Just Another Fat, Maladjusted Transguy? Seriously?

I recently saw a gynecological oncologist for a consultation. I had a full hysterectomy three years ago for severe, recurrent endometriosis and adenomyosis, but I still have some pelvic pain and bowel symptoms, so I needed to make sure I wasn’t overlooking anything, especially since my mom has a rare cancer closely related to ovarian cancer.  I also wanted to know if it would be safe for me to take testosterone should I decide to do so.

I picked this doctor in particular when I found her website aimed at FTM patients. She’s a lesbian herself, and she deals with gynecological cancers and does hysterectomies for transmen. When I got her new-patient intake form in the mail, it included five gender options (F, M, MTF, FTM, and I [intersexed]).

Perfect, right?

The short answer is yes, testosterone would be safe and possibly even beneficial for me with respect to my endometriosis, and it could improve my bone density, since I’m technically “menopausal” (no ovaries and not on hormone replacement.) As far as my risk for ovarian cancer, I’ve already done what I can to minimize that threat by having the hysterectomy-oophrectomy, and the symptoms I’ve been experiencing are very likely to be from scarring and active endometriosis. This doctor doesn’t manage transguys’ hormones, but I wasn’t asking her to — I’ve already got an awesome endocrinologist who’ll be happy to manage hormonal transition for me if I decide to go that route. So I thought, great, I’ve got the answers I came for. But then…

Then she looked me in the eye and said, “You need to join Overeaters Anonymous and lose that weight. Let’s be honest. You have never quite fit in. I know that. It’s easy for us to turn to food for comfort. I’ve struggled with it, you struggle with it. It’s difficult and lonely to be queer. So you overeat. It’s an addiction and you can only get better with a program.”

I started to shut down, rolling my eyes inside and thinking, great, a lecture about being fat from a skinny doctor who is trying to tell me she’s just like me — we’re both “big old dykes” (her phrasing) — so obviously she knows and understands. I think I nodded and agreed that I was exercising regularly and would like to be slimmer, which is usually the best defense when confronted with unasked for medical advice about being fat.

That was when she dropped this bomb: “You don’t want to be seen as just another fat, maladjusted transguy.”

What?

Seriously?

Seriously?!?

I went home feeling vaguely irked, but as the days have passed, I’ve gotten more and more annoyed. What a judgmental, transphobic, fat-phobic, horrible thing to say!

Obviously I’m not going back to her, and I’m still glad there is a lesbian gynecological oncologist who has five genders on her intake form and has a sub-practice doing hysterectomies for transguys, but…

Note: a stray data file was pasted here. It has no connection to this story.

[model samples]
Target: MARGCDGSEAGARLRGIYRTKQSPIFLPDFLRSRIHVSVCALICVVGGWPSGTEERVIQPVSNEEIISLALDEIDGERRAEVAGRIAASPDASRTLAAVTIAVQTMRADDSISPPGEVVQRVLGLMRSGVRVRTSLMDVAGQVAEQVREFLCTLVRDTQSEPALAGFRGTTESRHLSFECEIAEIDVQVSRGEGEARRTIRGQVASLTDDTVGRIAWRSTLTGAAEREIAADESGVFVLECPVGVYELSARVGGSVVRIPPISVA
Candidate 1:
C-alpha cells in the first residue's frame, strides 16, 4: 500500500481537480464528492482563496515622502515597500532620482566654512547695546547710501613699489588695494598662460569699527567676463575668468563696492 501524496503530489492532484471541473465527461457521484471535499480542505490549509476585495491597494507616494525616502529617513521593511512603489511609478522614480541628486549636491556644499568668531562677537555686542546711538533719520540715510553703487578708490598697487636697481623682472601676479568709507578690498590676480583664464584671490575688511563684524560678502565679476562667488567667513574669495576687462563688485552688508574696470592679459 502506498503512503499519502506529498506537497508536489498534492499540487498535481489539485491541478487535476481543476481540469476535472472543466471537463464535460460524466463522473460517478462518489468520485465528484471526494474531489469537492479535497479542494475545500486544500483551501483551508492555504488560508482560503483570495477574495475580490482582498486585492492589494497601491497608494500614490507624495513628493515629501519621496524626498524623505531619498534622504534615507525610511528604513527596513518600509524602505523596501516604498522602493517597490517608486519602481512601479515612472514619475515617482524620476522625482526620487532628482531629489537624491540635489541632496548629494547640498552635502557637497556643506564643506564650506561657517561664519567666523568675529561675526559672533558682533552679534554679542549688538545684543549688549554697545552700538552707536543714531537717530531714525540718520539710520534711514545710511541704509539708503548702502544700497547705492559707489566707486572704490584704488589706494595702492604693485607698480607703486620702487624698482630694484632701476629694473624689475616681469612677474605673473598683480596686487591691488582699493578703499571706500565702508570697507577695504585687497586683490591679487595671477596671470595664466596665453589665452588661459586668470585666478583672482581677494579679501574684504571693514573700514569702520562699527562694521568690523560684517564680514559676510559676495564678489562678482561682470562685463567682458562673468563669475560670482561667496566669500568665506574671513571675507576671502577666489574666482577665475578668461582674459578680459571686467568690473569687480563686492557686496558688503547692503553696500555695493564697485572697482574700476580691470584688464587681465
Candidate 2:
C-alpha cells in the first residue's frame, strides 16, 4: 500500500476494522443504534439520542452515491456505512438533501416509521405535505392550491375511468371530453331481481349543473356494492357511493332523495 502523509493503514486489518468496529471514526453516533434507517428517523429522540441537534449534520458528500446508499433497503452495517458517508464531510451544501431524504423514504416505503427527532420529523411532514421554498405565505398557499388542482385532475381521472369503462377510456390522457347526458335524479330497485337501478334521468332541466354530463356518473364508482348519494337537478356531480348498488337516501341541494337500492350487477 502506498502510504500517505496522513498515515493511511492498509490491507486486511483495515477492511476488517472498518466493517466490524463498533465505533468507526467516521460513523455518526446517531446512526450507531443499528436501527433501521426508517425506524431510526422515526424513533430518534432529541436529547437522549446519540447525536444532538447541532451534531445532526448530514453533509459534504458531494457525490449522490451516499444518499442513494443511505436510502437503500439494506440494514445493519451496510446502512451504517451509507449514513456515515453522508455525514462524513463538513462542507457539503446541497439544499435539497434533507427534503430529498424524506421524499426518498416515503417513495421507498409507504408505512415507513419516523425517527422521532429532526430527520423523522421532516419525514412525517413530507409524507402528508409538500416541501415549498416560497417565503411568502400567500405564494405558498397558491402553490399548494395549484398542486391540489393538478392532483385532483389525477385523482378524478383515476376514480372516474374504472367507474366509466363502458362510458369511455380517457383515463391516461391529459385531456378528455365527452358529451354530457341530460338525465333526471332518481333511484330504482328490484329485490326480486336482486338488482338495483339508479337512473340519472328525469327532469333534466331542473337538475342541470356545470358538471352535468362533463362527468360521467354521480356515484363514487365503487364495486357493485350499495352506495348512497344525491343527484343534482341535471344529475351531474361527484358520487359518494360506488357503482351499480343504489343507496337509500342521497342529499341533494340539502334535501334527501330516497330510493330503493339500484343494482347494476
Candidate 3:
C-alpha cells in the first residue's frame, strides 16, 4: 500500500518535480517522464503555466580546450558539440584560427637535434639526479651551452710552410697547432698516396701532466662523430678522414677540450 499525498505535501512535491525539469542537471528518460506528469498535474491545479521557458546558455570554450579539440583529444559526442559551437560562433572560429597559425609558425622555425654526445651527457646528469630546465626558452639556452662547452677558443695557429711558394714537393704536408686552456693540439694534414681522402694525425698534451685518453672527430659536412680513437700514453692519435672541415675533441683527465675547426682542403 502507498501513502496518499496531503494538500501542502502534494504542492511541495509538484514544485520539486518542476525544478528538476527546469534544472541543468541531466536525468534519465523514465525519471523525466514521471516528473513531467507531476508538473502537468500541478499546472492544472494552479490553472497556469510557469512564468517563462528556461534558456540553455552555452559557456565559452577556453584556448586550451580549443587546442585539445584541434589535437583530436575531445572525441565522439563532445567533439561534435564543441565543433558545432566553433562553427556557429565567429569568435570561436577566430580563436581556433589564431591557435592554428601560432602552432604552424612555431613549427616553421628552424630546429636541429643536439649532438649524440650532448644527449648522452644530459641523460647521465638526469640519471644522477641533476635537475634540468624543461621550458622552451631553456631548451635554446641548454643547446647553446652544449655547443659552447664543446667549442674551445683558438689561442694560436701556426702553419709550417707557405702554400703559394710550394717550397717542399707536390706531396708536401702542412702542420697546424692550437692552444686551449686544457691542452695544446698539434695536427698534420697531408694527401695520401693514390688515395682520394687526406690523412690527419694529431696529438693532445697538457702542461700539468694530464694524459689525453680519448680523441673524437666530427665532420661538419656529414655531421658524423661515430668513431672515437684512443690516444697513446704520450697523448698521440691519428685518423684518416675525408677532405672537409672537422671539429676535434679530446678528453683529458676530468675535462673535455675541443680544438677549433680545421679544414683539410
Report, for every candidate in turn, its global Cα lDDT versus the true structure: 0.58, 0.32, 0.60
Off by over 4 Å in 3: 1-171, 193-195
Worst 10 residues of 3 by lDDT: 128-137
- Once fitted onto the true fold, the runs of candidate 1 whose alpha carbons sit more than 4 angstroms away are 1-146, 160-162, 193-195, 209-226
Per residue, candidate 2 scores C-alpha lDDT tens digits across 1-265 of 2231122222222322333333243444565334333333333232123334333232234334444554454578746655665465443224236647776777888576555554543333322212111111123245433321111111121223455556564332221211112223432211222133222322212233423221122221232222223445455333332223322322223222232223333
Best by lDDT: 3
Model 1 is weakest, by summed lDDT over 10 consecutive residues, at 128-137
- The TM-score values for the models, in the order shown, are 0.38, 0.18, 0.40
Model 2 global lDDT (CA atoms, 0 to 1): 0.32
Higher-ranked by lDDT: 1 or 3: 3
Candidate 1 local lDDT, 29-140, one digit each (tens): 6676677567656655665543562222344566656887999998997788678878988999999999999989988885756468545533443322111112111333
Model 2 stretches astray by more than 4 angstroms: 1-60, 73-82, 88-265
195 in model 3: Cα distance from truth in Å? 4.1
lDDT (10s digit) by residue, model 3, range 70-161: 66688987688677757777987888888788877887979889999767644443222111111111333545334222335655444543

But what the fuck? Seriously! What. The. Fuck?

The whole thing makes me a little incoherent. And a little — no, a lot — self-conscious. Is that how other people see me? Fat and maladjusted? Is it my “maladjustment” that makes me fat? Or trans? Or is it the other way around?

And then I get angry. Because, you know? Fuck that. Yes, I am fat. I’m a big damn guy, but that doesn’t mean I’m an addict or socially maladjusted or psychologically damaged. And I’m trans. Ditto. I’m far better adjusted now than I ever was when I was trying to pretend to be a woman I wasn’t, and I was fat then, too.

It pisses me off that that doctor’s comment is there in my headspace now whenever I catch sight of myself in the mirror. Whenever I eat a meal. Fat, maladjusted loser, I hear, in the most condemning of tones. And I have to fight it off, and I seethe a little, and I stumble over this new landmine of self-doubt.

Just another fat, maladjusted transguy.

Funny, but I don’t really know any fat, maladjusted transguys. I know a skinny-as-a rail, hyperactive transguy, a tall-and-husky, deeply introspective transguy, and a short-and-athletic, steady-as-stone transguy. And there’s me, fat, to be sure, and certainly some flavor of transguy, but maladjusted?

Maladjust this! by nenenezuko
Maladjust this!
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~ by Nezu on 16 April 2011.

14 Responses to “Just Another Fat, Maladjusted Transguy? Seriously?”

  1. I’m reading this out to my girlfriend, and almost in time with your own words, she’s saying “What the fuck? What?!?”

    I guess that this doctor may have considered very carefully her attitude towards gender and sexuality pretty thoroughly, but still carries a big old whack of body hate that she’s inflicting on her patients. I’m always really ashamed when any health professional lets their own prejudice interfere with the well-being of their patients. I’m sorry she treated you that way – good on you for making the decision to see someone else.

    • Knowing I have allies sharing my outrage from the other side of the world (and hearing the phrase “good on you” which my grandmother who lived many years in Australia used to say) really makes me smile. Thanks.